Cancer | How Is Vehicle Contamination Related To The Development Of Brain Tumors? Sciences

Updated on 11/14/2019 at 22:20

The contamination of vehicles could have a new consequence, or at least one that was recently linked to a serious problem. It is about the development of brain cancer that could be related to exposure to these particles constantly, as postulated by a new study published in the journal Epidemiology.

The work, done by scientists at McGill University in Canada, has linked increased exposure to ultrafine particles (UPF) produced by burning fuel with an increased chance of getting brain cancer.

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This is the first research that suggests a relationship between the incidence of brain tumors and vehicle contamination, although previous work has shown that nanoparticles can enter the brain and can transport carcinogenic chemicals.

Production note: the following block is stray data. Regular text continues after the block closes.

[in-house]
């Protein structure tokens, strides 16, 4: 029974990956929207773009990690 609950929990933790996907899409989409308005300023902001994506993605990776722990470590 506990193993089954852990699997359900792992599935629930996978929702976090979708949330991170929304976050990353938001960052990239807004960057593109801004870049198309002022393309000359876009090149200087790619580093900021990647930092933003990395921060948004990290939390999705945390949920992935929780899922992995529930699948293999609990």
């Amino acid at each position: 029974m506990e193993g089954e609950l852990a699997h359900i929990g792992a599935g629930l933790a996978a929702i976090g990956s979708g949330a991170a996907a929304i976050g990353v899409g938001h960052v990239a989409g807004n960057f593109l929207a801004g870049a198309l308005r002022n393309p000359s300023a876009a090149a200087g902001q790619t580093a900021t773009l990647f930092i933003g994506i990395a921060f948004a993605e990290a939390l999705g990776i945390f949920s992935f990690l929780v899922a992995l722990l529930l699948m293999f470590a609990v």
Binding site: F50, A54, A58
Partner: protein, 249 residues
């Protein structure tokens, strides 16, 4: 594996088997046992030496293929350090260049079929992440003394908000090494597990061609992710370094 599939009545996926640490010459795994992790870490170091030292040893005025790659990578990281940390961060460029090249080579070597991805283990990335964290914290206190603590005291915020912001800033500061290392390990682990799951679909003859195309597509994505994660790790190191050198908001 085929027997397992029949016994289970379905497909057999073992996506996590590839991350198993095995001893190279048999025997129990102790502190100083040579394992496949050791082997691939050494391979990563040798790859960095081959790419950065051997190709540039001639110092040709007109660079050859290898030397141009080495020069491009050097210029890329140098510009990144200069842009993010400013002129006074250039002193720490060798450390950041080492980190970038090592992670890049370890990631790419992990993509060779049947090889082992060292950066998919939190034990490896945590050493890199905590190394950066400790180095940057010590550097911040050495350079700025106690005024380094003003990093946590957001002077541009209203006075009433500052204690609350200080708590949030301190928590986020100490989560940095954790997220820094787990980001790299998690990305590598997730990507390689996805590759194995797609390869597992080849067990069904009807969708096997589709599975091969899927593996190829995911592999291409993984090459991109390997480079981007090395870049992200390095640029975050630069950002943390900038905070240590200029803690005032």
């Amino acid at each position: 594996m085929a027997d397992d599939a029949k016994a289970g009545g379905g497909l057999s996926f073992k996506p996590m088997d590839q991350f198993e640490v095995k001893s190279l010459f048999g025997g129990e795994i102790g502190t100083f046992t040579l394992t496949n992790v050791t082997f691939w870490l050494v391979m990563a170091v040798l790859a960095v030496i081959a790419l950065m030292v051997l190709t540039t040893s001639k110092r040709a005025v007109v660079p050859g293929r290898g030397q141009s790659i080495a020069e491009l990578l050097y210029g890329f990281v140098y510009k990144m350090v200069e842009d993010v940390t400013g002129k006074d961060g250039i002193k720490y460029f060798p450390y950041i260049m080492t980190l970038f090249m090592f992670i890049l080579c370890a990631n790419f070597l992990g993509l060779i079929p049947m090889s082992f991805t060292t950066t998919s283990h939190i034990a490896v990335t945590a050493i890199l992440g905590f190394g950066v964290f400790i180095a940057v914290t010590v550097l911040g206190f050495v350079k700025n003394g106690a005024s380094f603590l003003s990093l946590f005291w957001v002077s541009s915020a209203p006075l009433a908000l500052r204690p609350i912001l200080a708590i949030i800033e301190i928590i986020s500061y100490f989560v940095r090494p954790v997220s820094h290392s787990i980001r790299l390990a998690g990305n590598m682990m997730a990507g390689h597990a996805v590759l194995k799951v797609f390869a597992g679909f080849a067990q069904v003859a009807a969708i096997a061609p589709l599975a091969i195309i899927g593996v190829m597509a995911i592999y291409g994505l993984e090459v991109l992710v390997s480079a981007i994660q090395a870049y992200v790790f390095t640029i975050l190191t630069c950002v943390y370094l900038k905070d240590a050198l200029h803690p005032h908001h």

“Brain cancers are rare, but often fatal. When these small risks are multiplied by many people, suddenly there can be many cases. In a large city, it could be a significant number, ”warns one of the study's authors, Scott Weichenthal.

Ultrafine particles produced by burning fuels are related to brain cancer. (Photo: Pixabay)

The researchers analyzed the medical records and exposure to contamination of 1.9 million adult Canadians across the country between 1991 and 2016, in collaboration with researchers from Health Canada and Statistics Canada.

In total, they identified 1,400 brain tumors during the follow-up period. According to their findings, each increase of 10,000 cubic centimeters in PFUs was associated with an increase in the incidence of this type of cancer after adjusting several factors, such as sociodemographic factors. If these people also smoked or had a high body mass index, the prevalence rose even more. PM2.5 and NO2 particles were not associated with a higher incidence of brain tumors.

Weichenthal recalls that combustion-related air pollutants, especially vehicles, are present throughout the environment and large populations are exposed to them "on a regular basis." "As such, regulatory measures to reduce combustion-related nanoparticles could have a major impact on public health in Canada and around the world," he says.

Source: Emol, GDA

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